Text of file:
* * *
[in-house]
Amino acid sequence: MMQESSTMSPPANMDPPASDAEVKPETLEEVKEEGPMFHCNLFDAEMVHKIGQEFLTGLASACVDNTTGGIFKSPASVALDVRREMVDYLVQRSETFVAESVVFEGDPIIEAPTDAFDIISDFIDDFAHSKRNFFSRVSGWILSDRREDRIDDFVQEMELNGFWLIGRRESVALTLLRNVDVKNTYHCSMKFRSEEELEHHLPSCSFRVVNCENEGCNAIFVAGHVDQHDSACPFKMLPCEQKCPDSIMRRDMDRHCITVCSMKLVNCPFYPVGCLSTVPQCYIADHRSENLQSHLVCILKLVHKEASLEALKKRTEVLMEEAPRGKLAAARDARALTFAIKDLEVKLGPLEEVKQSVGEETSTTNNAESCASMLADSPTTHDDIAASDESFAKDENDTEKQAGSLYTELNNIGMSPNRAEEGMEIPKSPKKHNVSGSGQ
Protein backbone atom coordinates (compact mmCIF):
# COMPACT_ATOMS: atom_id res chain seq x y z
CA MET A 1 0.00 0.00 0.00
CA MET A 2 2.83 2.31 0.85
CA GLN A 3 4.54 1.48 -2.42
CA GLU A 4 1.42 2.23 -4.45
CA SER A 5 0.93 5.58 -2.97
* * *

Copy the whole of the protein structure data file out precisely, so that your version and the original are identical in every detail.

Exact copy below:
[in-house]
Amino acid sequence: MMQESSTMSPPANMDPPASDAEVKPETLEEVKEEGPMFHCNLFDAEMVHKIGQEFLTGLASACVDNTTGGIFKSPASVALDVRREMVDYLVQRSETFVAESVVFEGDPIIEAPTDAFDIISDFIDDFAHSKRNFFSRVSGWILSDRREDRIDDFVQEMELNGFWLIGRRESVALTLLRNVDVKNTYHCSMKFRSEEELEHHLPSCSFRVVNCENEGCNAIFVAGHVDQHDSACPFKMLPCEQKCPDSIMRRDMDRHCITVCSMKLVNCPFYPVGCLSTVPQCYIADHRSENLQSHLVCILKLVHKEASLEALKKRTEVLMEEAPRGKLAAARDARALTFAIKDLEVKLGPLEEVKQSVGEETSTTNNAESCASMLADSPTTHDDIAASDESFAKDENDTEKQAGSLYTELNNIGMSPNRAEEGMEIPKSPKKHNVSGSGQ
Protein backbone atom coordinates (compact mmCIF):
# COMPACT_ATOMS: atom_id res chain seq x y z
CA MET A 1 0.00 0.00 0.00
CA MET A 2 2.83 2.31 0.85
CA GLN A 3 4.54 1.48 -2.42
CA GLU A 4 1.42 2.23 -4.45
CA SER A 5 0.93 5.58 -2.97